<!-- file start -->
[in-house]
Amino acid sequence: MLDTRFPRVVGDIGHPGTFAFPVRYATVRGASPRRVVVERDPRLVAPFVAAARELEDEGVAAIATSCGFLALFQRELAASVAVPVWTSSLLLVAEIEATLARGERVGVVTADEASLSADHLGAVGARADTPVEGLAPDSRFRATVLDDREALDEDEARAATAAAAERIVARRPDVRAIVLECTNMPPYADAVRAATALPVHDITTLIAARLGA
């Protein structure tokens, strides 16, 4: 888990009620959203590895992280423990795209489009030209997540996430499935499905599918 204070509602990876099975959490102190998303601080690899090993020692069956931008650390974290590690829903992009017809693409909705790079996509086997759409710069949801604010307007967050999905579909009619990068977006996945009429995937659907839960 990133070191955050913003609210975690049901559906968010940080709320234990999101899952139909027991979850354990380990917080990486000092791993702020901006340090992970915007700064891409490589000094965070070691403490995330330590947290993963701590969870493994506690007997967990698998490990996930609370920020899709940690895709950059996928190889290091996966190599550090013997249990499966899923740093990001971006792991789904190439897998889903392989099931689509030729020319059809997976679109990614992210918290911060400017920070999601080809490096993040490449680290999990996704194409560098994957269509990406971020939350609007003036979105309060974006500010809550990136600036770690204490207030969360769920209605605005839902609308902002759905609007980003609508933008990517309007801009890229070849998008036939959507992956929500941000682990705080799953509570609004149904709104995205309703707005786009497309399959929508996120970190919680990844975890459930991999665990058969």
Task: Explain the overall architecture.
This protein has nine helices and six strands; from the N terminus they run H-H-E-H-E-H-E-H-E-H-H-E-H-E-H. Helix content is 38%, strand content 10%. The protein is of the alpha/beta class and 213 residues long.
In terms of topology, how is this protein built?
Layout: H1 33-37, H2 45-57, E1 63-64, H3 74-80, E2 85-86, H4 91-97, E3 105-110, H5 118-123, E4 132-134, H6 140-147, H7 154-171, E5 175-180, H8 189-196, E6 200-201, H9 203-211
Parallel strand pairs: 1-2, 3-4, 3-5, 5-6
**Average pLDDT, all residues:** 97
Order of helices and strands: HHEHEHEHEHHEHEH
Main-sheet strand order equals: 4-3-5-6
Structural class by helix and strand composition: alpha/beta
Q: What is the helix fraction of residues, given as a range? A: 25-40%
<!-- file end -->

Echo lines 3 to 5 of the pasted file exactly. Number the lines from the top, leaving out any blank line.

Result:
């Protein structure tokens, strides 16, 4: 888990009620959203590895992280423990795209489009030209997540996430499935499905599918 204070509602990876099975959490102190998303601080690899090993020692069956931008650390974290590690829903992009017809693409909705790079996509086997759409710069949801604010307007967050999905579909009619990068977006996945009429995937659907839960 990133070191955050913003609210975690049901559906968010940080709320234990999101899952139909027991979850354990380990917080990486000092791993702020901006340090992970915007700064891409490589000094965070070691403490995330330590947290993963701590969870493994506690007997967990698998490990996930609370920020899709940690895709950059996928190889290091996966190599550090013997249990499966899923740093990001971006792991789904190439897998889903392989099931689509030729020319059809997976679109990614992210918290911060400017920070999601080809490096993040490449680290999990996704194409560098994957269509990406971020939350609007003036979105309060974006500010809550990136600036770690204490207030969360769920209605605005839902609308902002759905609007980003609508933008990517309007801009890229070849998008036939959507992956929500941000682990705080799953509570609004149904709104995205309703707005786009497309399959929508996120970190919680990844975890459930991999665990058969």
Task: Explain the overall architecture.
This protein has nine helices and six strands; from the N terminus they run H-H-E-H-E-H-E-H-E-H-H-E-H-E-H. Helix content is 38%, strand content 10%. The protein is of the alpha/beta class and 213 residues long.